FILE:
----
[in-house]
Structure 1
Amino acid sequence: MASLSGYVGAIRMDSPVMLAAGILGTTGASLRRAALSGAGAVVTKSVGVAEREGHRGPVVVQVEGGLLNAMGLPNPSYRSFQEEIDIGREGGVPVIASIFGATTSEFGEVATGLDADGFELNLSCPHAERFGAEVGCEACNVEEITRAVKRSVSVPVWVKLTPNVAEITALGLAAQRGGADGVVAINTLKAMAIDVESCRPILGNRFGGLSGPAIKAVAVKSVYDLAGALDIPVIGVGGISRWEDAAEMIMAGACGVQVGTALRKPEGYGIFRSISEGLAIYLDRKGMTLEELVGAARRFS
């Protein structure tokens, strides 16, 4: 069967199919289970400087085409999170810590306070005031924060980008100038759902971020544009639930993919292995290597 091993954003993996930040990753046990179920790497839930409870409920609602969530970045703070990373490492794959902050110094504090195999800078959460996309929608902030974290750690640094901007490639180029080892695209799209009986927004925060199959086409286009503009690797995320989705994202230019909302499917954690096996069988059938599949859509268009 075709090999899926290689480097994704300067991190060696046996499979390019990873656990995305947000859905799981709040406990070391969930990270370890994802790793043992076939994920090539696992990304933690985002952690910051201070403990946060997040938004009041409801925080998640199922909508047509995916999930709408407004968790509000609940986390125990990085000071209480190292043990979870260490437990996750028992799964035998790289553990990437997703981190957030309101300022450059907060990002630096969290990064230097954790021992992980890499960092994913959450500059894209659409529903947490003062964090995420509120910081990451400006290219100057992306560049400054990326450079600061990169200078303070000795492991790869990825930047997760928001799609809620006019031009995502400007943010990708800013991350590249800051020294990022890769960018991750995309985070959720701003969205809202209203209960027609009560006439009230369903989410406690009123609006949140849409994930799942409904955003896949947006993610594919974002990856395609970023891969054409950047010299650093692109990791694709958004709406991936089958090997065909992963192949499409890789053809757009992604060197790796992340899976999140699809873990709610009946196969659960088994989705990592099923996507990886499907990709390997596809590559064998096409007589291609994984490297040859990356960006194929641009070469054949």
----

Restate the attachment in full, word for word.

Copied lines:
[in-house]
Structure 1
Amino acid sequence: MASLSGYVGAIRMDSPVMLAAGILGTTGASLRRAALSGAGAVVTKSVGVAEREGHRGPVVVQVEGGLLNAMGLPNPSYRSFQEEIDIGREGGVPVIASIFGATTSEFGEVATGLDADGFELNLSCPHAERFGAEVGCEACNVEEITRAVKRSVSVPVWVKLTPNVAEITALGLAAQRGGADGVVAINTLKAMAIDVESCRPILGNRFGGLSGPAIKAVAVKSVYDLAGALDIPVIGVGGISRWEDAAEMIMAGACGVQVGTALRKPEGYGIFRSISEGLAIYLDRKGMTLEELVGAARRFS
């Protein structure tokens, strides 16, 4: 069967199919289970400087085409999170810590306070005031924060980008100038759902971020544009639930993919292995290597 091993954003993996930040990753046990179920790497839930409870409920609602969530970045703070990373490492794959902050110094504090195999800078959460996309929608902030974290750690640094901007490639180029080892695209799209009986927004925060199959086409286009503009690797995320989705994202230019909302499917954690096996069988059938599949859509268009 075709090999899926290689480097994704300067991190060696046996499979390019990873656990995305947000859905799981709040406990070391969930990270370890994802790793043992076939994920090539696992990304933690985002952690910051201070403990946060997040938004009041409801925080998640199922909508047509995916999930709408407004968790509000609940986390125990990085000071209480190292043990979870260490437990996750028992799964035998790289553990990437997703981190957030309101300022450059907060990002630096969290990064230097954790021992992980890499960092994913959450500059894209659409529903947490003062964090995420509120910081990451400006290219100057992306560049400054990326450079600061990169200078303070000795492991790869990825930047997760928001799609809620006019031009995502400007943010990708800013991350590249800051020294990022890769960018991750995309985070959720701003969205809202209203209960027609009560006439009230369903989410406690009123609006949140849409994930799942409904955003896949947006993610594919974002990856395609970023891969054409950047010299650093692109990791694709958004709406991936089958090997065909992963192949499409890789053809757009992604060197790796992340899976999140699809873990709610009946196969659960088994989705990592099923996507990886499907990709390997596809590559064998096409007589291609994984490297040859990356960006194929641009070469054949």